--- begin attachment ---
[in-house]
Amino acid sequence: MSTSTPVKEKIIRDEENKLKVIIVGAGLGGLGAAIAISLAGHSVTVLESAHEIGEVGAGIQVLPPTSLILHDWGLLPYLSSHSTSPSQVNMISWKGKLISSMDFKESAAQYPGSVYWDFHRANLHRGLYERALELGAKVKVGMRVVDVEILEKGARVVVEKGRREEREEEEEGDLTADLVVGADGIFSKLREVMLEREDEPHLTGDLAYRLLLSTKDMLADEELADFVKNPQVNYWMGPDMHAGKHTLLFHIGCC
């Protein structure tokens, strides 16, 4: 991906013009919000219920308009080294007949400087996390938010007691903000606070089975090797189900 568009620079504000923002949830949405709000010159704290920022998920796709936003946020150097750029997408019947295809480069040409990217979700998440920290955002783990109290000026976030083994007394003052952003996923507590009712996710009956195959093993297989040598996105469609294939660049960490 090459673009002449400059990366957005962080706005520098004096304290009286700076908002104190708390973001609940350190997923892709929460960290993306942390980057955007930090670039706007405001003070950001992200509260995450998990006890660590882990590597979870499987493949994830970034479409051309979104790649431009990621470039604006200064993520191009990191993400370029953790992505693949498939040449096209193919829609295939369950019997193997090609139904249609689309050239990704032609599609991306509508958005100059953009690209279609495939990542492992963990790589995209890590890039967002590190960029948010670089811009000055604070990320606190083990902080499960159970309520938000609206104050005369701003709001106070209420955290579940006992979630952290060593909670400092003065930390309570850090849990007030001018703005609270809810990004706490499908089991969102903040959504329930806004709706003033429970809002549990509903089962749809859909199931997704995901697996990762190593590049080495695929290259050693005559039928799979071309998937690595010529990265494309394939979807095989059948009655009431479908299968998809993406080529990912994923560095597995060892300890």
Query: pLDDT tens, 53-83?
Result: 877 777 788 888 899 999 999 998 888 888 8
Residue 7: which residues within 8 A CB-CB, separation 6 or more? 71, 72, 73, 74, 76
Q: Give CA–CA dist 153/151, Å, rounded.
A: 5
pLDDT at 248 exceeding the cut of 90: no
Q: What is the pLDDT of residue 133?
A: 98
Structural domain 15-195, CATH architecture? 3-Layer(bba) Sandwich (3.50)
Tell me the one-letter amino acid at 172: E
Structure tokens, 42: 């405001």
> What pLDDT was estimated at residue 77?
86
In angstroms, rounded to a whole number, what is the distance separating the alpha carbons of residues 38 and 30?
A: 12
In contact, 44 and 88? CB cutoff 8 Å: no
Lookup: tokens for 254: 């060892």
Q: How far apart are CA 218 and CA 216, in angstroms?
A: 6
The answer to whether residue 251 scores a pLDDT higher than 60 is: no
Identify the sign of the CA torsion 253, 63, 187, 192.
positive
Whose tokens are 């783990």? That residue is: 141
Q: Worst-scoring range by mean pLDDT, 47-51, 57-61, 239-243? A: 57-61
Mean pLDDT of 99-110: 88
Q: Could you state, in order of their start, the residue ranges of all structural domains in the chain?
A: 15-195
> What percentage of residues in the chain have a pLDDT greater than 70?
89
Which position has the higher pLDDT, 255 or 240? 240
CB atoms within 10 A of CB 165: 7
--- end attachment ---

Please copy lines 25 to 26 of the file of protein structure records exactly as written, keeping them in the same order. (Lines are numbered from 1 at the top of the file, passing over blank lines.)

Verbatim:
positive
Whose tokens are 């783990």? That residue is: 141